You have probably heard the statement that going meat-free helps save the world from climate change, yet do you really know why. Actually, some say that it is possibly the greenest thing you can do. But how can the simple process of switching our diet have such a global impact? Let’s try to explain.
Animal agriculture impacts on climate change in two main ways. Firstly, massive deforestation takes place to make way for pasture land and arable land needed to grow feed-crops. Along with that the raising of animals produces greenhouse gasses. Apart from CO2 emissions, animal agriculture also produce other harmful greenhouse gasses like methane, which is 20 times more potent than carbon dioxide.
If there were any doubt by climate sceptics that have long tried to dismiss the importance of changing one’s diet, the special report just issued by the UN Intergovernmental panel on Climate Change (IPCC) describes plant-based diets as a major opportunity for mitigating and adapting to climate change. It actually includes a policy recommendation to reduce meat consumption. Now the IPCC isn’t a group of tree-hugging vegans but made from international scientists.
Hamburgers and Chainsaws
Rainforest Partnership state that hamburgers and chainsaws “both cause massive deforestation of tropical rain-forests across the world”. 1 Infact the production of beef is the single biggest cause of deforestation in the Amazon and other rain forests. And this isn’t just because of the land required for pasture but also for the millions of hectares used for the production of soy, used as animal feed (even by European cattle farmers). What they are hinting at is that by eating that hamburger you are essentially switching on a chainsaw and chopping off part of a rain-forest, which is a natural carbon sink and also an irreplaceable home for biodiversity. Let’s also remember that whilst forests can be replanted to compensate when an old and natural forest like the Amazon is destroyed, the loss to biodiversity is immense.
Meat Free Mondays states that “an area the size of Italy was cleared in 2017 in large part to clear land for raising cattle destined for human consumption.” The vast majority of these trees were chopped down in the Amazon and the Democratic Republic of Congo (home of gorillas).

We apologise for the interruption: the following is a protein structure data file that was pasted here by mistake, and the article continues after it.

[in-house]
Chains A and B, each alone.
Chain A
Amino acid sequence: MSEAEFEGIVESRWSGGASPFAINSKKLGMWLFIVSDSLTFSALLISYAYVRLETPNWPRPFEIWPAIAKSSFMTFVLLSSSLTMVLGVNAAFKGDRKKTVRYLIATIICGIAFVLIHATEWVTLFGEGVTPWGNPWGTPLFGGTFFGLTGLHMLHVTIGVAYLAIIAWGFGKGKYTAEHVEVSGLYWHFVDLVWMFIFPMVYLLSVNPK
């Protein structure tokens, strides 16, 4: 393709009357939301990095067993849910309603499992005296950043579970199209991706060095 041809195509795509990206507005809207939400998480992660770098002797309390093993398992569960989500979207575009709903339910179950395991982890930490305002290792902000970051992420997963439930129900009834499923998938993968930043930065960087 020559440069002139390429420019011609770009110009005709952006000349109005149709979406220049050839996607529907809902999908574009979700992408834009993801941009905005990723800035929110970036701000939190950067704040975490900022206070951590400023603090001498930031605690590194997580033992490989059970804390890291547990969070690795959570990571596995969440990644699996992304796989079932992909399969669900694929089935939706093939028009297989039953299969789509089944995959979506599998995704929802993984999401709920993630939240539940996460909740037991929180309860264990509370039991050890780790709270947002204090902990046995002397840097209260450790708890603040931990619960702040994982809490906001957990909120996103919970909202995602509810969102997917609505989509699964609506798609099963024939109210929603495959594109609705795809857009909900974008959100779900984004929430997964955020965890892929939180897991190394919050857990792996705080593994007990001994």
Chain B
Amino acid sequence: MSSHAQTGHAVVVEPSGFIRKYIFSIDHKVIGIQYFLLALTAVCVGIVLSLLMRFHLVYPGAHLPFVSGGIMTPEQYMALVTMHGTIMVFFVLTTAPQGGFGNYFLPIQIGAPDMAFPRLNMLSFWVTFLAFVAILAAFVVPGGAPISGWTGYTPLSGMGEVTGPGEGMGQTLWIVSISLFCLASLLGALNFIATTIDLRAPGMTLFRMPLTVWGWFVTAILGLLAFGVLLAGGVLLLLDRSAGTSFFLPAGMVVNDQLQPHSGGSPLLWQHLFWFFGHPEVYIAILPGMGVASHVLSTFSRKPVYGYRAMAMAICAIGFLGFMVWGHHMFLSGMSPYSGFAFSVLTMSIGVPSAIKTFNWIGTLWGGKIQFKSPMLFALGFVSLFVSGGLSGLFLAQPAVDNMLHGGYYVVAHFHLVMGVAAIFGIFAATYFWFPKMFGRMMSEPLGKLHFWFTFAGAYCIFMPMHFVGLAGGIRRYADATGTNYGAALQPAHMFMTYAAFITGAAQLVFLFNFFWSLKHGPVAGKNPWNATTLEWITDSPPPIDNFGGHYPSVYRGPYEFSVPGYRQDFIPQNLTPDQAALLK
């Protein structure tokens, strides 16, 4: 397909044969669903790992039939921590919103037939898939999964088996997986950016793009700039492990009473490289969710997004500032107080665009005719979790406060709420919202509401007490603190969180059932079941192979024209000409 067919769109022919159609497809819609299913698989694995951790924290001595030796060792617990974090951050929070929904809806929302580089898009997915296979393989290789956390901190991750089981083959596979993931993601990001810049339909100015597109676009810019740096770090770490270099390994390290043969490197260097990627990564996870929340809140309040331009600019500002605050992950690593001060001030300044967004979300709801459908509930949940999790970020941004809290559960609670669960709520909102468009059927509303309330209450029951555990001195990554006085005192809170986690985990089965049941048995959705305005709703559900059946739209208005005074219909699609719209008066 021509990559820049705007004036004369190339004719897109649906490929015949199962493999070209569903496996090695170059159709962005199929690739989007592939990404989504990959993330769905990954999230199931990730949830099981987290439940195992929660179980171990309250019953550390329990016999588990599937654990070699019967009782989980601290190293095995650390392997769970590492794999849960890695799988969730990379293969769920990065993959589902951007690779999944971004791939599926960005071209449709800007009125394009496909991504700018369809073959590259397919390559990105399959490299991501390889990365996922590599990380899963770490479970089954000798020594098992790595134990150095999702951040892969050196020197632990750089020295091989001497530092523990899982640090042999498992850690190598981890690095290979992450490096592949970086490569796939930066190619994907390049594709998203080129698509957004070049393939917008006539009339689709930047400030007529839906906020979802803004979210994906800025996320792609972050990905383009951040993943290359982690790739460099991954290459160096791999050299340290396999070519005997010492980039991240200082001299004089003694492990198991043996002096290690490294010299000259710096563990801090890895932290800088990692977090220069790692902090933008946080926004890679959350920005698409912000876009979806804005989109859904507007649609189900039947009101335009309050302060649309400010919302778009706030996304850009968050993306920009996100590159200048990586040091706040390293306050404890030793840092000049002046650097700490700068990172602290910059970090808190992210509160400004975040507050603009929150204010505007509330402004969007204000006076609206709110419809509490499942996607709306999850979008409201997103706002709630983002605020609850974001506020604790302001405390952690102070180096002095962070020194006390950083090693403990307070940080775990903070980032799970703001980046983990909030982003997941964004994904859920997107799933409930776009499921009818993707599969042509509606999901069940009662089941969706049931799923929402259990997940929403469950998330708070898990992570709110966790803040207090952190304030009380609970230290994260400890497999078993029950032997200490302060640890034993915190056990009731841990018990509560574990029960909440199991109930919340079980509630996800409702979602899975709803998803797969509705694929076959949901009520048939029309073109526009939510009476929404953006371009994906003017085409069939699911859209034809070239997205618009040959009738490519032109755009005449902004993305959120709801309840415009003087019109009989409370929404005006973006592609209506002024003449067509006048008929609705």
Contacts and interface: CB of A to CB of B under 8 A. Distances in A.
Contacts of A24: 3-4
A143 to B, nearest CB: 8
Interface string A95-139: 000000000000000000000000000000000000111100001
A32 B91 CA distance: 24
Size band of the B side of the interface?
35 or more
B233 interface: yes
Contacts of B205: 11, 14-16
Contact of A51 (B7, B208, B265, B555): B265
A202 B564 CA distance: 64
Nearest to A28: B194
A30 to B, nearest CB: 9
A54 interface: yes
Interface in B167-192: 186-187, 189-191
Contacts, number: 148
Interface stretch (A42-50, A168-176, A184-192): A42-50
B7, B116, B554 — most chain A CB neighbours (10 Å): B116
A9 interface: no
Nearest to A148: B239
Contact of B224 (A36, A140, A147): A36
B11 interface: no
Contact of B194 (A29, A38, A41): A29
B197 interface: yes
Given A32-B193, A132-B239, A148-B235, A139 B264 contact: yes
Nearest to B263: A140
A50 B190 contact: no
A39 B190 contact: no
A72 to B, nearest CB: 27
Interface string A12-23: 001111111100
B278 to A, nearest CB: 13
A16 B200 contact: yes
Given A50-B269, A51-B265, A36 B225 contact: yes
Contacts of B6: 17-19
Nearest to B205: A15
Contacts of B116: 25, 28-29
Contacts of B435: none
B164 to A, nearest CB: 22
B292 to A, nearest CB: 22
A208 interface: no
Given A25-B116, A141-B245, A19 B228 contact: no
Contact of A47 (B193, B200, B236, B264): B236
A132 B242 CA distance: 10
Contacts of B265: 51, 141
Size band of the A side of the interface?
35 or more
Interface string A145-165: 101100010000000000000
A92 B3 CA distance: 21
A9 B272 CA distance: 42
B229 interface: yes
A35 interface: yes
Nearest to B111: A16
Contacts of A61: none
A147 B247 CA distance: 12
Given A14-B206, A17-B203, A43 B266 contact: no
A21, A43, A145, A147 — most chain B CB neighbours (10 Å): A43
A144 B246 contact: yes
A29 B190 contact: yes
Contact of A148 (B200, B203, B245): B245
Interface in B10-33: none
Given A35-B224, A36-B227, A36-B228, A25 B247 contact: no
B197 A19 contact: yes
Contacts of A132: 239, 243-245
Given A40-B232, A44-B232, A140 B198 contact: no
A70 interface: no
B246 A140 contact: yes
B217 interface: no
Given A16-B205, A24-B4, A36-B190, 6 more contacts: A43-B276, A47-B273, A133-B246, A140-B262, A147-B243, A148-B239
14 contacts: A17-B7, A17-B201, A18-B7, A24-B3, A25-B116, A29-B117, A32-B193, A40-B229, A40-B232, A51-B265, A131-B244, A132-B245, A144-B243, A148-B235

This year we are witnessing devastating fires in the Amazon. Unlike what the current President of Brazil, Jair Bolsonaro has said, that he is under the impression that they could have been set by the NGOs, there is clear documentation that many forest fires are set up by animal farmers to clear the forest and certainly not by environmentalist who are trying to save the planet.
Cows and poo
Cattle (and goats and sheep) are ruminants, which are animals that can breakdown plants rich in cellulose thanks to a multi-part specialised stomach that allows them to ferment and digest it. This allows them to obtain nutrients from grazing. This process called “enteric fermentation”. Because of this cows have high-methane burps! Methane is also emitted from their manure and new research is also showing that there is a substantial methane impact even from their farts. 2 Cattle urine is also a climate offender since it releases nitrious oxide which is another harmful gas. Additionally there is also the chemical fertilisers used on crops produced to feed cattle.
Not all food is equally resource intensive and some are more than others. Whilst all animal food is more intensive than plant-based food, there is a stark distinction between ruminants and say poultry and pigs. To give an idea, beef requires 20 times more land and emits 20 times more GHG (Greenhouse gasses) per gram of edible protein than common plant proteins like beans. 3
As already mentioned meat production is resource-intensive. A practical example of this is that it takes 899 gallons / 3400 litres of water to produce an 8 oz / 225 g steak. The disparity in water requirement between producing plant-based food and animal-based food is incredible. The below video provides us with some startling insights. Considering that water is becoming scarce, should be wasting it like this? According to PETA nearly half of all the water used in the United States goes toward raising animals for food.
Let’s Make a Real Difference. Go meat-free.
For more help and recipes check our Veggy Malta www.veggymalta.com and Malta Meat Free Week www.maltameatfreeweek.com